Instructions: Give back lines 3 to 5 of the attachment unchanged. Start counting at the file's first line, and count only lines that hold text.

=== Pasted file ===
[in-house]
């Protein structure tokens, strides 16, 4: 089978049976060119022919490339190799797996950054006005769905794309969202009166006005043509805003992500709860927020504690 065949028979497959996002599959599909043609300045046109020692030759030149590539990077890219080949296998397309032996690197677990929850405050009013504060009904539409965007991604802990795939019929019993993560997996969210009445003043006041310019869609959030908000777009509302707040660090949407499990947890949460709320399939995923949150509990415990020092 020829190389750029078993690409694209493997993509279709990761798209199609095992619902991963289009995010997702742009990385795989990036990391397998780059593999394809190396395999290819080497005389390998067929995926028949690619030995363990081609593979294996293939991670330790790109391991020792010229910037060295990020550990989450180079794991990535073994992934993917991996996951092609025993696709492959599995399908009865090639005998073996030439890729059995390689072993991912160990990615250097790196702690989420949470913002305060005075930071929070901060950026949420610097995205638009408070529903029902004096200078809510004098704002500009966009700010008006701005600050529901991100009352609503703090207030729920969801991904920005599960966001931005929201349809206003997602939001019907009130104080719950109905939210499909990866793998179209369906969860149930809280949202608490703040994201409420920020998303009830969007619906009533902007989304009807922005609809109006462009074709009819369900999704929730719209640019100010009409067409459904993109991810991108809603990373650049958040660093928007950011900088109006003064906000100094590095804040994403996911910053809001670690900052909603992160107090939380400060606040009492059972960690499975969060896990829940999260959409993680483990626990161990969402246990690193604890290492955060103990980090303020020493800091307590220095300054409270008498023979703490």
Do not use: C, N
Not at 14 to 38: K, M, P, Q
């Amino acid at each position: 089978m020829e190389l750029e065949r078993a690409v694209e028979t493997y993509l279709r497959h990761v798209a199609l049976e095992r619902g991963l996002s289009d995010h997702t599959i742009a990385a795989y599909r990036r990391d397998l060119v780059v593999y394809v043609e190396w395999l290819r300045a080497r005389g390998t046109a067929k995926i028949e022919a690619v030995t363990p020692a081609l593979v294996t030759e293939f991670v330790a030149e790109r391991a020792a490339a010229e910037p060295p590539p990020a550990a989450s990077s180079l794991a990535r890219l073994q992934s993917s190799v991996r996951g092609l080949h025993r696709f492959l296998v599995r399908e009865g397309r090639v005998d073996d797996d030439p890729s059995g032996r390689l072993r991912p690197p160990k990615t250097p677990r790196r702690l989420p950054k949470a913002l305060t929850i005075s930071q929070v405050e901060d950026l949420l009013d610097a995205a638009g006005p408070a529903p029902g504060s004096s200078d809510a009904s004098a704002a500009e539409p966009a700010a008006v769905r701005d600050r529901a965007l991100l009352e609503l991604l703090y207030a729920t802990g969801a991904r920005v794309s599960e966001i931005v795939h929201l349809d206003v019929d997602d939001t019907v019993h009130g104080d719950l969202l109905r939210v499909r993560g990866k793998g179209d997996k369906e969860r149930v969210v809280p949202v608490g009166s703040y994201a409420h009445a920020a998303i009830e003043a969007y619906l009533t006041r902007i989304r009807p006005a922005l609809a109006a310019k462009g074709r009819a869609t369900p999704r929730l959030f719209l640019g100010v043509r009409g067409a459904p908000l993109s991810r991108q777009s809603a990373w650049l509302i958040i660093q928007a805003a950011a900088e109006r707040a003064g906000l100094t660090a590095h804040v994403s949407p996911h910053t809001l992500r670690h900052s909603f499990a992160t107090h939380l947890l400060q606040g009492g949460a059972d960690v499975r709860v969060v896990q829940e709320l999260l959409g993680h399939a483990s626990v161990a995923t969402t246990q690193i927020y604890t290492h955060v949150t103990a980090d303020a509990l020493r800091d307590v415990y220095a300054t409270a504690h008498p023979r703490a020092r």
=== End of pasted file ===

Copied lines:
Do not use: C, N
Not at 14 to 38: K, M, P, Q
């Amino acid at each position: 089978m020829e190389l750029e065949r078993a690409v694209e028979t493997y993509l279709r497959h990761v798209a199609l049976e095992r619902g991963l996002s289009d995010h997702t599959i742009a990385a795989y599909r990036r990391d397998l060119v780059v593999y394809v043609e190396w395999l290819r300045a080497r005389g390998t046109a067929k995926i028949e022919a690619v030995t363990p020692a081609l593979v294996t030759e293939f991670v330790a030149e790109r391991a020792a490339a010229e910037p060295p590539p990020a550990a989450s990077s180079l794991a990535r890219l073994q992934s993917s190799v991996r996951g092609l080949h025993r696709f492959l296998v599995r399908e009865g397309r090639v005998d073996d797996d030439p890729s059995g032996r390689l072993r991912p690197p160990k990615t250097p677990r790196r702690l989420p950054k949470a913002l305060t929850i005075s930071q929070v405050e901060d950026l949420l009013d610097a995205a638009g006005p408070a529903p029902g504060s004096s200078d809510a009904s004098a704002a500009e539409p966009a700010a008006v769905r701005d600050r529901a965007l991100l009352e609503l991604l703090y207030a729920t802990g969801a991904r920005v794309s599960e966001i931005v795939h929201l349809d206003v019929d997602d939001t019907v019993h009130g104080d719950l969202l109905r939210v499909r993560g990866k793998g179209d997996k369906e969860r149930v969210v809280p949202v608490g009166s703040y994201a409420h009445a920020a998303i009830e003043a969007y619906l009533t006041r902007i989304r009807p006005a922005l609809a109006a310019k462009g074709r009819a869609t369900p999704r929730l959030f719209l640019g100010v043509r009409g067409a459904p908000l993109s991810r991108q777009s809603a990373w650049l509302i958040i660093q928007a805003a950011a900088e109006r707040a003064g906000l100094t660090a590095h804040v994403s949407p996911h910053t809001l992500r670690h900052s909603f499990a992160t107090h939380l947890l400060q606040g009492g949460a059972d960690v499975r709860v969060v896990q829940e709320l999260l959409g993680h399939a483990s626990v161990a995923t969402t246990q690193i927020y604890t290492h955060v949150t103990a980090d303020a509990l020493r800091d307590v415990y220095a300054t409270a504690h008498p023979r703490a020092r």